Clues to the strategies for how life thrives in dynamic ecosystems are beginning to be elucidated through a confluence of biogeochemistry, microbiology, ecology, molecular biology, and genomics, which could reveal how ecosystems originate, the extent of the subsurface biosphere, and the driving forces of evolution.

A molecular view of microbial diversity and the biosphere.

Over three decades of molecular-phylogenetic studies, researchers have compiled an increasingly robust map of evolutionary diversification showing that the main diversity of life is microbial,

Methane-Consuming Archaea Revealed by Directly Coupled Isotopic and Phylogenetic Analysis

These results demonstrate the feasibility of simultaneous determination of the identity and the metabolic activity of naturally occurring microorganisms and indicate assimilation of isotopically light methane into specific archaeal cells.

Microbial Activity at Gigapascal Pressures

Evidence of microbial viability and activity at these extreme pressures expands by an order of magnitude the range of conditions representing the habitable zone in the solar system.

A Chemoautotrophically Based Cave Ecosystem

Analysis of stable carbon and nitrogen isotopes showed that this chemoautotrophic production is the food base for 48 species of cave-adapted terrestrial and aquatic invertebrates, 33 of which are endemic to this ecosystem.

Microbial Life in the Underworld: Biogenicity in Secondary Mineral Formations

One unresolved issue in geomicrobiology is the involvement of microbial activity in the formation of secondary mineral deposits, or speleothems, in caves. Although there is extensive literature

A hydrogen-based subsurface microbial community dominated by methanogens

This work describes a unique subsurface microbial community in which hydrogen-consuming, methane-producing Archaea far outnumber the Bacteria and demonstrates that hydrogen-based methanogenic communities do occur in Earth's subsurfaces, providing an analogue for possible subsurfaced microbial ecosystems on other planets.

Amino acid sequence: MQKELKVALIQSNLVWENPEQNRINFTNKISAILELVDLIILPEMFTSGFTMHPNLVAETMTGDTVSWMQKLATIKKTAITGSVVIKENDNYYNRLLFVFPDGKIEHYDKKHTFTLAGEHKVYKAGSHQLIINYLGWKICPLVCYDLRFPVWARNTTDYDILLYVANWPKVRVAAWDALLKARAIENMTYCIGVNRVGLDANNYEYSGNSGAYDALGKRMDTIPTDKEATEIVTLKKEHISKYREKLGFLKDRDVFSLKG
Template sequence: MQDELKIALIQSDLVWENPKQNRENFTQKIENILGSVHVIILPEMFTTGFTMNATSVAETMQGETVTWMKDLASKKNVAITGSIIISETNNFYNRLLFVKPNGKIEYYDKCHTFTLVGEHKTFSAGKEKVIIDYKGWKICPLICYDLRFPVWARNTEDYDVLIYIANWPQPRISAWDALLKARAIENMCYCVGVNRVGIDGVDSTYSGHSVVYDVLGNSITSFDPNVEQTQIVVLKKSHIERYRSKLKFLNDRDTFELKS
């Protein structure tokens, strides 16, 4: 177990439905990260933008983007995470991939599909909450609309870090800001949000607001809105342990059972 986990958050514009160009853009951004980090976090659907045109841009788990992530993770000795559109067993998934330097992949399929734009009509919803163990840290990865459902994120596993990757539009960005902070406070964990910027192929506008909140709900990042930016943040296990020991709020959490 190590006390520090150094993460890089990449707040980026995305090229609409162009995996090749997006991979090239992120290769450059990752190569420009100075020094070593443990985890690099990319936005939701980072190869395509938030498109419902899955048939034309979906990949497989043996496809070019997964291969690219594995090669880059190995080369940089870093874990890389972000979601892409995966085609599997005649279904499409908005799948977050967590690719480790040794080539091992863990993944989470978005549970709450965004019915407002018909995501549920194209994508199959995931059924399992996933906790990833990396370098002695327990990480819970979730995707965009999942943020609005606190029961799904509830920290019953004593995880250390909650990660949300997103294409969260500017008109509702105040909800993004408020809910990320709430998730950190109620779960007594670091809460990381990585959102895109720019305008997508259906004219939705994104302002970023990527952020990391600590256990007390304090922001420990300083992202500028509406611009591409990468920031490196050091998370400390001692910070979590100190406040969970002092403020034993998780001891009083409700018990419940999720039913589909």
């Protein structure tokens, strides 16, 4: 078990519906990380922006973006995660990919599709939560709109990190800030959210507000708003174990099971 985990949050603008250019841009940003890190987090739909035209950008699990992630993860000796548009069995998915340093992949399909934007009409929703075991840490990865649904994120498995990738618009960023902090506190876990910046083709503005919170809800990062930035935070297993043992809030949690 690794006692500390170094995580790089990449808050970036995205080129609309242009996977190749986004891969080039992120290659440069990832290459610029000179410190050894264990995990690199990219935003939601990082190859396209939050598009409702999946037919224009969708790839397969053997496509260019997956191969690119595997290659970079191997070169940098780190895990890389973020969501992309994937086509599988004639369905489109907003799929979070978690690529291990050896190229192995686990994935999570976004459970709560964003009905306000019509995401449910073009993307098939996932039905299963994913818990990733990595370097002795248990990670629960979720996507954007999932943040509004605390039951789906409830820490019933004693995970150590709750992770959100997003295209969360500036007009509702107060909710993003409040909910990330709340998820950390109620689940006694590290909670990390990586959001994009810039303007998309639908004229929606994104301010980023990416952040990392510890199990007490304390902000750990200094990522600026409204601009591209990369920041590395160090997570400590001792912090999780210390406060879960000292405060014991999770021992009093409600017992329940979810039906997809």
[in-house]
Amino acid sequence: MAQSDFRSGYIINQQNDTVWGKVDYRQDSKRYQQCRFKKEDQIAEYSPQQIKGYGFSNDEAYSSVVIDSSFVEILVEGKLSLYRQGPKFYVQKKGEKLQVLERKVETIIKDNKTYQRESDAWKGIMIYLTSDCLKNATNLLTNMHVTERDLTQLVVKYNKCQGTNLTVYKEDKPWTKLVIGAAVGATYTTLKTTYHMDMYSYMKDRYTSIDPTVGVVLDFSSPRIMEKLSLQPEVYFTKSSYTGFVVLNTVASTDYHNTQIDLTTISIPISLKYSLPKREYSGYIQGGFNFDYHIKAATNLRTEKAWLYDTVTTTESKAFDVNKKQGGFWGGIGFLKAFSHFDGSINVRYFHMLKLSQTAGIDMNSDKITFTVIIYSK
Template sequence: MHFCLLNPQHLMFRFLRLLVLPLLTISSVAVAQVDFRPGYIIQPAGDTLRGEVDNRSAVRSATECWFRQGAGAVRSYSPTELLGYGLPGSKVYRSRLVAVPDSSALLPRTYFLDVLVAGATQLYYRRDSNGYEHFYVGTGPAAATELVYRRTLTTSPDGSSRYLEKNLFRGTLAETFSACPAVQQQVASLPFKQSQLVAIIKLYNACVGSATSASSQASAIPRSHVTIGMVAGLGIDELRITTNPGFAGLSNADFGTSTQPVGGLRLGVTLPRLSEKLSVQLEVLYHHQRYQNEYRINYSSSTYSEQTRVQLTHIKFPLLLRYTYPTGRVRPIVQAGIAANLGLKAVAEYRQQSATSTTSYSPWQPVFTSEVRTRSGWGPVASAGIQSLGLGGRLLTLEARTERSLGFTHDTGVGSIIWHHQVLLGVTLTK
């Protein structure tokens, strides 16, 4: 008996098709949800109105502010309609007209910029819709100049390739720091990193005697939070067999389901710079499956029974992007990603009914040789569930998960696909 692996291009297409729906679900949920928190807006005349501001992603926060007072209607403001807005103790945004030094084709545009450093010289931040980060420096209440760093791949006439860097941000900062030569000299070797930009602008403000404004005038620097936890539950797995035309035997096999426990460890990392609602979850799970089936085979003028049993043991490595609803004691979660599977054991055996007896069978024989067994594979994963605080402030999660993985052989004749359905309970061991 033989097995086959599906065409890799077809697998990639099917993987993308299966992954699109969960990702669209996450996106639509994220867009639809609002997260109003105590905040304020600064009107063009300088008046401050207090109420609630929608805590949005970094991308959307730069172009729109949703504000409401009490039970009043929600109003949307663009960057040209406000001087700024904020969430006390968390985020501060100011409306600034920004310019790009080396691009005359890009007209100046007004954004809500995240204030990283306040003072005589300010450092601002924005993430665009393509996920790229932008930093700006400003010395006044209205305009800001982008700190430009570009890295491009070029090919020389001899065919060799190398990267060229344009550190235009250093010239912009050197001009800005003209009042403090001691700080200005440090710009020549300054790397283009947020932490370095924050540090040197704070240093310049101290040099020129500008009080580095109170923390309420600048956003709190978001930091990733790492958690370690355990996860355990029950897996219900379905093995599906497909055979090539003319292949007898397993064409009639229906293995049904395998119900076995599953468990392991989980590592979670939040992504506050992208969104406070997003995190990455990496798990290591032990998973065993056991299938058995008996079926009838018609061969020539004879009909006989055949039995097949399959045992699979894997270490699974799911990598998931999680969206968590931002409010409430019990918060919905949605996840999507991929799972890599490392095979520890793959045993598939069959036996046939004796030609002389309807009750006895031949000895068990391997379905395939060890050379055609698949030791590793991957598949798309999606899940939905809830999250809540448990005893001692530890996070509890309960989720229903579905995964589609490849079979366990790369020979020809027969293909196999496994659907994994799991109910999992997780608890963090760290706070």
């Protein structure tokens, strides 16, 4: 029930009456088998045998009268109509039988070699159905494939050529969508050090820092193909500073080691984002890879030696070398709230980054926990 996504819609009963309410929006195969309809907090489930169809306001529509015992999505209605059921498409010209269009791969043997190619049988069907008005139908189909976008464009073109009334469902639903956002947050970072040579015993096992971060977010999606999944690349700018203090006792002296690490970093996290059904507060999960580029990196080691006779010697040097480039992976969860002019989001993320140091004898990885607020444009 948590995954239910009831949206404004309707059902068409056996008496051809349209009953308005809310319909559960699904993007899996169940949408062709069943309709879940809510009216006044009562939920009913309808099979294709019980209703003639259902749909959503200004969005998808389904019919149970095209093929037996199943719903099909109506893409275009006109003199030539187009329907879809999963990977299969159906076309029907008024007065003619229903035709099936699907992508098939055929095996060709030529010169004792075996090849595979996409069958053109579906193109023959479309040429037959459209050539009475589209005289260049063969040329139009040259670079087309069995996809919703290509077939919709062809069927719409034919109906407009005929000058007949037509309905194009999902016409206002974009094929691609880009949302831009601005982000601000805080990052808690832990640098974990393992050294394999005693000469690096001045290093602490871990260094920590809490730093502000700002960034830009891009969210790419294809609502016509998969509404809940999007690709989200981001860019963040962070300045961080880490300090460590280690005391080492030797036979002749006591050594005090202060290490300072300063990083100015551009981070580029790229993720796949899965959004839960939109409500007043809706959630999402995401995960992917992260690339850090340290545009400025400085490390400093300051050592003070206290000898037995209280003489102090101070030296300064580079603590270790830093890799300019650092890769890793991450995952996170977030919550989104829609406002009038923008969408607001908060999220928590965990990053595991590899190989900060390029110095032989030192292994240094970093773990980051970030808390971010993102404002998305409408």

Diversity of Sulfate-Reducing Bacteria in Oxic and Anoxic Regions of a Microbial Mat Characterized by Comparative Analysis of Dissimilatory Sulfite Reductase Genes

The most highly diverse DSR sequences, most related to those of the Desulfonema-like organisms within the δ-proteobacteria, were recovered from oxic regions of the mat, extending those of previous studies by us and others associating Desulf onema- like organisms with oxic habitats.

Dense populations of a giant sulfur bacterium in Namibian shelf sediments.

A previously unknown giant sulfur bacterium is abundant in sediments underlying the oxygen minimum zone of the Benguela Current upwelling system, and is closely related to the marine filamentous sulfur bacteria Thioploca, abundant in the up welling area off Chile and Peru.

Physiology and molecular phylogeny of coexisting Prochlorococcus ecotypes

Direct evidence supporting the coexistence and distribution of multiple ecotypes permits the survival of the population as a whole over a broader range of environmental conditions than would be possible for a homogeneous population is reported.